Why is the 1000-day window for child growth and development important?
Congratulations! You are a mom now! However, your excitement is probably accompanied by a bit of nervousness and confusion as well, right? If you are a first-time mom, you are probably looking for even the smallest of advices that can help your child to grow well and develop healthily. And in this regard, the first 1000 days of your baby’s life need the maximum attention. Wondering why? This article elaborates on why the first 1000 days are crucial for your little one’s overall development and what you should feed him to achieve the necessary milestones.
What is the significance of the first 1000 days?
The first 1000 days of a child’s life, starting from conception and going on till the child’s second birthday, are crucial for his neurodevelopment and mental health. It is characterized by rapid rates of neuronal proliferation, growth and differentiation, myelination and synaptogenesis.
During the first 1000 days, brain development is vulnerable to nutritional deficiency. Adequate nutrition during pregnancy, infancy and early childhood are hence important for the overall growth and the development of the baby.
Poor nutrition during this period can be detrimental to the child’s physical, social, emotional and cognitive development. Nutritional gaps during this period can also lead to obesity, hypertension, diabetes, and other chronic condition during the later stages of life. Malnutrition is a significant challenge in developing countries like India, and it can lead to high mortality rates as well.
You might already know that during pregnancy, your baby is dependent on your nutritional intake, as the nutrients helped create neurons, myelin and fatty matter. These nutrients are also important for the formation of synapses which determine the child’s learning ability in future.
What nutrients are essential for foetal brain development?
The foetus will need specific nutrients for brain development, like protein, zinc, iron, choline, folate, iodine, vitamins A, D, B6 and B12, and fatty acids. Iron is essential for the formation of a protective sheath around the nerve fibres, called myelin. On the other hand, development of the autonomic nervous system, hippocampus, and cerebellum depends on zinc. Polyunsaturated fatty acids support brain and eyes development. And folate is important for the development of the brain and spine.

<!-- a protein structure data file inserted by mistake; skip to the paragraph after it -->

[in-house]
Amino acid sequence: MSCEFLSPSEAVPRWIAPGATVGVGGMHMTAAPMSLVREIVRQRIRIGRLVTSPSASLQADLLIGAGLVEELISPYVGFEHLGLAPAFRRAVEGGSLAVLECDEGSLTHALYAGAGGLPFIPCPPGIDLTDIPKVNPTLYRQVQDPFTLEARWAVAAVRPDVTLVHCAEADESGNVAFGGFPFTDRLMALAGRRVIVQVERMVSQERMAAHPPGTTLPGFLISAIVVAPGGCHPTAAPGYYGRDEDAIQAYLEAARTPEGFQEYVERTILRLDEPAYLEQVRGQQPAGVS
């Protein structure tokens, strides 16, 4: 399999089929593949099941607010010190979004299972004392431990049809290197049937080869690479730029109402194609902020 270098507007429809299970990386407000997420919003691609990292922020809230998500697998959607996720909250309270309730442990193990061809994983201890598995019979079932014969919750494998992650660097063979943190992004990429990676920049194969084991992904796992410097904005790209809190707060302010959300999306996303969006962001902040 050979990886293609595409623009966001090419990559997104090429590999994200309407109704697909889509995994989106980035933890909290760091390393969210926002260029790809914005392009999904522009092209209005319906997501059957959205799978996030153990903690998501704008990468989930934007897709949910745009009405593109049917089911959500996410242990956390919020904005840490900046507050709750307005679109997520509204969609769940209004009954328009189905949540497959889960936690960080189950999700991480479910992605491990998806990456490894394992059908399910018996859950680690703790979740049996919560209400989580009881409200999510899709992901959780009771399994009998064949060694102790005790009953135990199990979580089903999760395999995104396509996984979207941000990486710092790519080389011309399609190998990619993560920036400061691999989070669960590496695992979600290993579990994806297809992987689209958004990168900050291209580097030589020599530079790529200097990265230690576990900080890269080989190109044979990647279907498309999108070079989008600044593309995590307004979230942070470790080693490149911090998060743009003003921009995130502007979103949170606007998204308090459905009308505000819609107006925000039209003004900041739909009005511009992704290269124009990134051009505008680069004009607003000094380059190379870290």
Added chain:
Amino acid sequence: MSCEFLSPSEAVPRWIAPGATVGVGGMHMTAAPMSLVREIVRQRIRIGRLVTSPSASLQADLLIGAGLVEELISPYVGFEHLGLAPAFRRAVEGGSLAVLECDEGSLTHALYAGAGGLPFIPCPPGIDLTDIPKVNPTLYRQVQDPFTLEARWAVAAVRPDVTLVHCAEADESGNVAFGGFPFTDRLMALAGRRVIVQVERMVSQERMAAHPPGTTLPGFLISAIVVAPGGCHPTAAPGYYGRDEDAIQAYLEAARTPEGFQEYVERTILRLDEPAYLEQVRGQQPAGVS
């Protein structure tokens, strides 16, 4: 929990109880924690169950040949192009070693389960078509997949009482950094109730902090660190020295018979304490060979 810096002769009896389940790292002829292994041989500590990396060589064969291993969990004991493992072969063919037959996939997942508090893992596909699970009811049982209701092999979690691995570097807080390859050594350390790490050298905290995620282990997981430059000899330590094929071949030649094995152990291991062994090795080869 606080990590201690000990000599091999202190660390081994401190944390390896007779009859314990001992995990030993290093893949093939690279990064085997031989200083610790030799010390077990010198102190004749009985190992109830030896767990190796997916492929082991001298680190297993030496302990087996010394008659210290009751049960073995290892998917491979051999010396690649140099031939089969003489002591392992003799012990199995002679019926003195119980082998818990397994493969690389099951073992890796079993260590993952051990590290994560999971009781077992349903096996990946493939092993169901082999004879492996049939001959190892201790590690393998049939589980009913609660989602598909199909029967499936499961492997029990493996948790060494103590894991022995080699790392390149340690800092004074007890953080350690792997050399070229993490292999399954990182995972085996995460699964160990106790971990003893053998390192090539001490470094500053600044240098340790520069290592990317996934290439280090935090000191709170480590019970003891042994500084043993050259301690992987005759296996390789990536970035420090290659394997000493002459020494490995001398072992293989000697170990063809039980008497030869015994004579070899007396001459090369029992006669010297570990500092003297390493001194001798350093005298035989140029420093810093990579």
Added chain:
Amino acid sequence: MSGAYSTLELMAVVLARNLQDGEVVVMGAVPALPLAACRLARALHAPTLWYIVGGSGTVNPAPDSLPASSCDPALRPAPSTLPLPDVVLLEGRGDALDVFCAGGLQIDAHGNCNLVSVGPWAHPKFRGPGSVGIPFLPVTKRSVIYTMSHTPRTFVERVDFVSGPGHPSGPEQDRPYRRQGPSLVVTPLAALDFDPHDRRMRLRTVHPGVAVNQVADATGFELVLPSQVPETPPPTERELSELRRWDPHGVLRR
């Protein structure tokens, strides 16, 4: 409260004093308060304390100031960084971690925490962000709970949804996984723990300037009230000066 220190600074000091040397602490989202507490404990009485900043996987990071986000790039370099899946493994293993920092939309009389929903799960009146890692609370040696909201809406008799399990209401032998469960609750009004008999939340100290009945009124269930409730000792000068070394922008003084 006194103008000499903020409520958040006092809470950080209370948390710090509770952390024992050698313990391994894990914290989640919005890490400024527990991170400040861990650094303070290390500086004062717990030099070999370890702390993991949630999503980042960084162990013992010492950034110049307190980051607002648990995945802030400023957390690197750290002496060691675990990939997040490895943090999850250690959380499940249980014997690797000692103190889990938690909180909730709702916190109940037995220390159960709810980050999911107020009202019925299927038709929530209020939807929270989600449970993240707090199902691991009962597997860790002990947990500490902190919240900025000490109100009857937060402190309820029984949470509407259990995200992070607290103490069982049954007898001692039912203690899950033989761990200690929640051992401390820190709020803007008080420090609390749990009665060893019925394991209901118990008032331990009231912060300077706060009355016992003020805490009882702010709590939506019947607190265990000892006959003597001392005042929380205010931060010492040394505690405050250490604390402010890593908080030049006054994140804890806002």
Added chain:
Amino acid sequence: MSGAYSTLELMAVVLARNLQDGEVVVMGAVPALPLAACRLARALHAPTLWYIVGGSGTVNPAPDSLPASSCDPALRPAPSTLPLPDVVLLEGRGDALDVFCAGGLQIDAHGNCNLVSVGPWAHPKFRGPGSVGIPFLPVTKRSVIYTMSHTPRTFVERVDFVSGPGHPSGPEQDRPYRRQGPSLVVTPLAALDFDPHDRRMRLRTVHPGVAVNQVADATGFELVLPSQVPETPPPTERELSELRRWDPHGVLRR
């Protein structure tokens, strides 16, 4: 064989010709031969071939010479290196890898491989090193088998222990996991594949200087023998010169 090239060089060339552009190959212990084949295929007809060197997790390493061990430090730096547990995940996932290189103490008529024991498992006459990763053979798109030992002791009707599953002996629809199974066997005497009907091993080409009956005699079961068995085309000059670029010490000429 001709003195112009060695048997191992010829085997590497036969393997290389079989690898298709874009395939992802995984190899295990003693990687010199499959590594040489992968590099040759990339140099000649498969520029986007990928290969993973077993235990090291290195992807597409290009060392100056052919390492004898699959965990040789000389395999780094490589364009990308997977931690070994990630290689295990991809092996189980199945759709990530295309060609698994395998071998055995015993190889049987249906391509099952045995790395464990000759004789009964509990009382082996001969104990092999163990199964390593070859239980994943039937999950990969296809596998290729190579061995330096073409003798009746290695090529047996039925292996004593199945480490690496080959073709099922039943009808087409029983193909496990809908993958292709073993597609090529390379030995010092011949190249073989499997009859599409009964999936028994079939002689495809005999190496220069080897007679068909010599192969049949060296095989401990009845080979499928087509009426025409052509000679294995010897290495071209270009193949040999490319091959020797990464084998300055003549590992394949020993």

Hence, mothers should get sufficient nutrition from food sources to support the neurodevelopmental processes. Since the baby is dependent on the mother’s nutrient stores, nutritional gaps can lead to developmental delays, birth defects, and cognitive deficits. A good example is the deficiency of folate, which can cause defects of the brain and spine, and also lead to death or lifelong disability of the baby.
Nutrition during the first 1000 days of life
Although all nutrients are vital, protein, iron and zinc are important for a child’s brain development during the first 1000 days. Deficiency of iron can significantly influence the child’s growth and development and can lead to problems with learning, social, and emotional behaviour, and interest in games. Deficiency of iron can also increase anxiety and depression later in life. Zinc deficiency can cause stunted growth as well as skin and eye lesions. Lack of sufficient protein in the mother’s or child’s diet can hamper muscle and bone development, weaken immune functions, and even affect the mental health of the baby.
Hence, mothers need to consume protein-rich foods like chicken, eggs, fish, beans, and legumes. The same should be slowly introduced to your child after he reaches 6 months. For iron, whole grain cereals, nuts, pumpkin and sunflower seeds, and leafy green veggies should be considered apart from animal-based foods. Zinc can be obtained from dairy products, shellfish, legumes, seeds and nuts.
To conclude, both the mother and the baby should be well-nourished during the first 1000 days of the baby’s life so that the child can achieve optimal development prior to birth as well as later on. During pregnancy and lactation, what you eat will be of paramount importance, as the nutrients will get passed on via the placenta or breast milk. After your baby becomes 6 months of age, you will need to provide him with nutrient-dense complementary foods.